Adele Tomlin, author, scholar, translator, Vajrayana practitioner, and founder of Dakini Translations and Publications, discusses Buddhist love and bliss in this short excerpt from Olivia Clementine’s podcast Love & Liberation, which hosts in-depth conversations on spirituality, ecology, and relationships. Listen to the full episode, “Adele Tomlin: The Inner Level of Tantric Union, Celibacy, Bliss & Love,” here.
Olivia Clementine: I’d love to get into the topic of love. What is love from a Buddhist or tantric perspective?
Adele Tomlin: Everyone wants to be loved, right? From the Buddhist perspective, there’s not one sentient being who does not want to feel loved in some way. Maybe the word bliss might be more suitable, but we all want some kind of satisfaction. A lot of that satisfaction, particularly in human relationships, but also with animals, comes from feeling loved, or from loving as well.
What is the difference between ordinary love and Buddhist or tantric love? First, what is love? This is a question that musicians and artists have long grappled with. In the Buddhist view, it’s simple. It’s wanting other people to be genuinely happy. Often when we talk about the word “happy,” we feel like it is doing nice things and feeling good. It is connected to that, but happiness in the Buddhist context is not a worldly kind of pleasure or feeling good. Getting a massage feels good, but it’s not what is going to make us happy, in the long term. It feels great, but that feeling wears off, right? It’s the same with our relationships and everything that we do for those sorts of happy feelings. We all know it doesn’t last.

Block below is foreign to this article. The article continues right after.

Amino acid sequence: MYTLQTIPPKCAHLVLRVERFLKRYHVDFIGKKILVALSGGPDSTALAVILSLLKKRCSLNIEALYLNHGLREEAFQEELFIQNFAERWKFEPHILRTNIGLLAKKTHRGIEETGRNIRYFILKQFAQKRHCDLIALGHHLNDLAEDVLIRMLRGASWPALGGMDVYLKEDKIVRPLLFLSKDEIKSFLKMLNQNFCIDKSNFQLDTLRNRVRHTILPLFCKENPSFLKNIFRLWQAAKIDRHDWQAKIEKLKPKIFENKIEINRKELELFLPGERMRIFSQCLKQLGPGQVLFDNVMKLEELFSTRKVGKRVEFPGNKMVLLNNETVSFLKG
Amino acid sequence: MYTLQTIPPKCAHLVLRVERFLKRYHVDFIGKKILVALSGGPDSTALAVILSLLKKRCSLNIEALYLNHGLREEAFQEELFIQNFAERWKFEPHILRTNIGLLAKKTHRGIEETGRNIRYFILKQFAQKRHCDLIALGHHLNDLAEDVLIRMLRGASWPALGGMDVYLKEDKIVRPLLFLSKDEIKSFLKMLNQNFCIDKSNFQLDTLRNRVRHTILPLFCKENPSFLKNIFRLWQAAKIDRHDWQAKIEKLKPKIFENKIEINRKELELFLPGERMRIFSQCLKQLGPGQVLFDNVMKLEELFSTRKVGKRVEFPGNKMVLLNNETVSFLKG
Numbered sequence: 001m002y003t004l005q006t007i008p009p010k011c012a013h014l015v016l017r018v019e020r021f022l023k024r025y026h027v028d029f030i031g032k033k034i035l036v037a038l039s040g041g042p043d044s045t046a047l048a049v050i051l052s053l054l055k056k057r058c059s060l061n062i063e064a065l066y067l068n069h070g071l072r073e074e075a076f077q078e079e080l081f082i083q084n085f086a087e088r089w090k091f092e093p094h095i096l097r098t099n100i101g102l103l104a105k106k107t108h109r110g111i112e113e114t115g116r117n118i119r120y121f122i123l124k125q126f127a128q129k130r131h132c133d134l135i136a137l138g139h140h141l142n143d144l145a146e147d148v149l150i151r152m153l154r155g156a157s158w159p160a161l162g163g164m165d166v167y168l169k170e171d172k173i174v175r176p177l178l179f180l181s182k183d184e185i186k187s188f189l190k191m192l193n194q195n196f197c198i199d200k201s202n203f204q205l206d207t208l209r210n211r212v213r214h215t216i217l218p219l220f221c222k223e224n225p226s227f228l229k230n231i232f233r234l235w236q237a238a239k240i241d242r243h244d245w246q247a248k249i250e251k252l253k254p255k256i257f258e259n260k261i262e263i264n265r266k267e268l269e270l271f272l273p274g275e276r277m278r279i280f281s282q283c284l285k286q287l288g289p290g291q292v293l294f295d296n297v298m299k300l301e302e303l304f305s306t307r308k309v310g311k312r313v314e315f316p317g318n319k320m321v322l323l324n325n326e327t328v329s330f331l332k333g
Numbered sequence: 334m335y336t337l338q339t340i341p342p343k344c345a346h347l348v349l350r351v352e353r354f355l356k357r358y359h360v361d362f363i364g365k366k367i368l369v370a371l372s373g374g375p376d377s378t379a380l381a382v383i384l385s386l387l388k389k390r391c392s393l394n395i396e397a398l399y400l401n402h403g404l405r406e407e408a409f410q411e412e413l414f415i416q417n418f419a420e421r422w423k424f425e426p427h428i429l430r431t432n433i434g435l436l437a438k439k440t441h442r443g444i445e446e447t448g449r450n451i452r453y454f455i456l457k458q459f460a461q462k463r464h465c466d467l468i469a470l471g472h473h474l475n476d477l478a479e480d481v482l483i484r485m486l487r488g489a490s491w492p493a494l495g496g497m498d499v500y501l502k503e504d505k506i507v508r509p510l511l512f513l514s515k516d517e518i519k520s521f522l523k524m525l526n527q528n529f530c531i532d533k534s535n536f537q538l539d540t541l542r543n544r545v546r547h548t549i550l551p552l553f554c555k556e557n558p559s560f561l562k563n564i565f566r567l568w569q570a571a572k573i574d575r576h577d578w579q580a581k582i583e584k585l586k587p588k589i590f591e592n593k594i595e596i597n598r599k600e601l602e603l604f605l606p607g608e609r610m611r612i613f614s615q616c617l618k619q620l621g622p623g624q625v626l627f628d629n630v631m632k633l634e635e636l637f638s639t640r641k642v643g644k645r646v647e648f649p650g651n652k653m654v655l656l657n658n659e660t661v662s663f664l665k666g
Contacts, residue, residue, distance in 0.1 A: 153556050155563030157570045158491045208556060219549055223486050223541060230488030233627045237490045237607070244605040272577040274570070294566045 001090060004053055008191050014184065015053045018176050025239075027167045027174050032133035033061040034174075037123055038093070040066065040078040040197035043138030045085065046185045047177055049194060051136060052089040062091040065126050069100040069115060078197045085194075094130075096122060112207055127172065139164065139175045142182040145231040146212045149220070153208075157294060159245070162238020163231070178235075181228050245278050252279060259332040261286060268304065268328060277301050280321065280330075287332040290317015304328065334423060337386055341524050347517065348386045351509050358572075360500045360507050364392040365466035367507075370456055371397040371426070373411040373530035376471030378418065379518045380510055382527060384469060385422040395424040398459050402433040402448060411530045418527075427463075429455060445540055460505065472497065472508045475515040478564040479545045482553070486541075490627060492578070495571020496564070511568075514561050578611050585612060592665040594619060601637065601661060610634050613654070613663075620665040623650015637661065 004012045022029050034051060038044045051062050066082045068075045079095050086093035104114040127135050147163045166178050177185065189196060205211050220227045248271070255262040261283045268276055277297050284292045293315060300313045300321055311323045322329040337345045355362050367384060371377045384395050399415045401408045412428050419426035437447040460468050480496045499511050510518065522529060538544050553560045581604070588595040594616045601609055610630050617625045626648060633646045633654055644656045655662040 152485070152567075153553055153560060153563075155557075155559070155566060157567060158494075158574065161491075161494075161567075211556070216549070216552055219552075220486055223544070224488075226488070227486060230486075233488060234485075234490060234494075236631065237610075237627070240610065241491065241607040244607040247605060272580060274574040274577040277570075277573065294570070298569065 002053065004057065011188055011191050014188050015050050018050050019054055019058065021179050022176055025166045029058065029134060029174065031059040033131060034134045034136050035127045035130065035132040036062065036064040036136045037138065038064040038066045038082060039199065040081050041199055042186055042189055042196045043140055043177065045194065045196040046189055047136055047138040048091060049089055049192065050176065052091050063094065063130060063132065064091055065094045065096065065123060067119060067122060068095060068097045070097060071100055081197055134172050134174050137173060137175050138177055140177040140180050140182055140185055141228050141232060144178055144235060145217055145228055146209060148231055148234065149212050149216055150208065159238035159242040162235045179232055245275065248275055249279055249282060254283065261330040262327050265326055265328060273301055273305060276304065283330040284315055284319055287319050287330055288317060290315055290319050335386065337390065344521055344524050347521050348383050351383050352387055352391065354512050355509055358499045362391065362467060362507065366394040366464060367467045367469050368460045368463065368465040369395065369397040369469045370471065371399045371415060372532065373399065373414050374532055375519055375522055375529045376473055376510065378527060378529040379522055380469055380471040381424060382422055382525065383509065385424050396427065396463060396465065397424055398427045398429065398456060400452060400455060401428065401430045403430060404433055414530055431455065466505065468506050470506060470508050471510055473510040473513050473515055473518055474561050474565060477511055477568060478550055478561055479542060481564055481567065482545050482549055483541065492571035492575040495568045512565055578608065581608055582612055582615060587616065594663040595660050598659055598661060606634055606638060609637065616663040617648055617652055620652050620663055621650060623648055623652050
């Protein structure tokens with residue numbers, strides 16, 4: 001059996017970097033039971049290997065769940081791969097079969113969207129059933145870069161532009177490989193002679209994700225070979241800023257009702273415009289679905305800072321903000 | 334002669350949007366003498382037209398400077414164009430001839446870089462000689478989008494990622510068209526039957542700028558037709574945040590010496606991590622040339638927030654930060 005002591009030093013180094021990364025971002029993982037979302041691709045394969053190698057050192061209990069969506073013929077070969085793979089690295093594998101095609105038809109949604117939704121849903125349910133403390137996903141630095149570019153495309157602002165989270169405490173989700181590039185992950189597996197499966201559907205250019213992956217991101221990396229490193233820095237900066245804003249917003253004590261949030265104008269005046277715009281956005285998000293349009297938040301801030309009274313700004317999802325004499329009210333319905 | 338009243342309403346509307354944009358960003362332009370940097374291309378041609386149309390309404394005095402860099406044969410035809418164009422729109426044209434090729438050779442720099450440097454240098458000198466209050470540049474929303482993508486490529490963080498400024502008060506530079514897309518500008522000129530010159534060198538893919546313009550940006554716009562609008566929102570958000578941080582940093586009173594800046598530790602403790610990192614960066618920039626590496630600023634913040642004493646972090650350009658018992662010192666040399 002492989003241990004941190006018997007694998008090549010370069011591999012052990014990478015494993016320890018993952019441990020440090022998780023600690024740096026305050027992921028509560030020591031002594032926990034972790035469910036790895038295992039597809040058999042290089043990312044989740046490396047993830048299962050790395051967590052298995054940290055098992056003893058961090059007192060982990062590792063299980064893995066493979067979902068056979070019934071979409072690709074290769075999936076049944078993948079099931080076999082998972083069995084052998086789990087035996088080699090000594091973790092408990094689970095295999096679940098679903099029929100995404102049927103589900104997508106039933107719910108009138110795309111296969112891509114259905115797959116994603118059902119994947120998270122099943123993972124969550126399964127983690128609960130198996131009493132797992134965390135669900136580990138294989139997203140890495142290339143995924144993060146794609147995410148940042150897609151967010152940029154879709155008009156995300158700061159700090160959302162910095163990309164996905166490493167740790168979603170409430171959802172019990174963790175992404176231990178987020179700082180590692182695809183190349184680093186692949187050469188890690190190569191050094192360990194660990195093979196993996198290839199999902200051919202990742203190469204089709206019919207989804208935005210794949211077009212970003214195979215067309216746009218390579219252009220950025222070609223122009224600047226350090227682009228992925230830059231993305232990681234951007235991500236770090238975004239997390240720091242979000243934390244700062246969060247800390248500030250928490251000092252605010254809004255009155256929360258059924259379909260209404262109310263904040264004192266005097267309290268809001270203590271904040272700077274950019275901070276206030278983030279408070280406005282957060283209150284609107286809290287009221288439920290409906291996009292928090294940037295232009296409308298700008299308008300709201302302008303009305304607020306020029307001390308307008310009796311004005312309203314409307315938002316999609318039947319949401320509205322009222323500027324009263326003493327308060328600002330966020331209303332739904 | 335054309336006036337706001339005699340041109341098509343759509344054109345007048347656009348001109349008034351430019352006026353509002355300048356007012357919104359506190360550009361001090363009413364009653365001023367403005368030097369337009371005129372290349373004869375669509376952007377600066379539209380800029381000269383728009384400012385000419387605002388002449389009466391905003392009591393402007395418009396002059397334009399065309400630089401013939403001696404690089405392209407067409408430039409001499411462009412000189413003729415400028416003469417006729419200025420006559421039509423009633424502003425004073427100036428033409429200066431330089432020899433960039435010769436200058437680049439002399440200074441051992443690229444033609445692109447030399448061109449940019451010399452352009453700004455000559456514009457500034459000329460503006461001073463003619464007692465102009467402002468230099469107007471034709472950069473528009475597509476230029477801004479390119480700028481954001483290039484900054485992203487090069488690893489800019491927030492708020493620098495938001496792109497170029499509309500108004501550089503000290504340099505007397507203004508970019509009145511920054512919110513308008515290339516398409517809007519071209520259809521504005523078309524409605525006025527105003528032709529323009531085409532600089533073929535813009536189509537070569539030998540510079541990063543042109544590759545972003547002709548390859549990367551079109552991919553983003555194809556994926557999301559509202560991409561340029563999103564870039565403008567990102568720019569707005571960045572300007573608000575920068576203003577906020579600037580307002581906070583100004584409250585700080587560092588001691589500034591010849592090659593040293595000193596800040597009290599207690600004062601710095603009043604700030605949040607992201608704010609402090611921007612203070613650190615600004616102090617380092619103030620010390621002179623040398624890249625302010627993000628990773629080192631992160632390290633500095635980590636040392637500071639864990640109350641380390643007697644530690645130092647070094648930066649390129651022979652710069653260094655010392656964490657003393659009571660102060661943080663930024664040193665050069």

In a Buddhist context, love is wanting other people to be happy, wishing them that kind of love. But it’s also understanding that what we normally might think of as happiness is not what most people associate with happiness. So, if I’m trying to be a Buddhist practitioner and develop love, what I want to do is think, “I really wish that person, or those people, or those beings will attain real, long-lasting happiness.” What you are wishing them, from the Buddhist perspective, is liberation from samsara, liberation from suffering.
However, love from a Buddhist perspective, or a practitioner’s even, might sometimes seem like it’s not love. From a worldly perspective, people might see a Buddhist doing or saying things that look like aversion or anger, but those actions can be loving if done for beneficial purposes. Sometimes, immature beings, just like children, don’t listen. They put themselves in all sorts of dangerous and risky situations. At those times, there comes a point where, out of love, the method of instruction has to be a bit rougher or harsher. To unknowing eyes, they might look at that and think, “well that doesn’t look very loving.”
Our worldly notion of love is often self-centered. We look at love from the perspective of what we can get from a person. How do they make me feel? Do they make me feel happy or not? We all habitually do this, including me. This is why we suffer in relationships. When we only selfishly want someone to make us feel good, and then suddenly they don’t, we feel like we don’t love them anymore, right? That is the difficulty. From the Buddhist view, that is why relationships and our romantic relationships generally don’t last.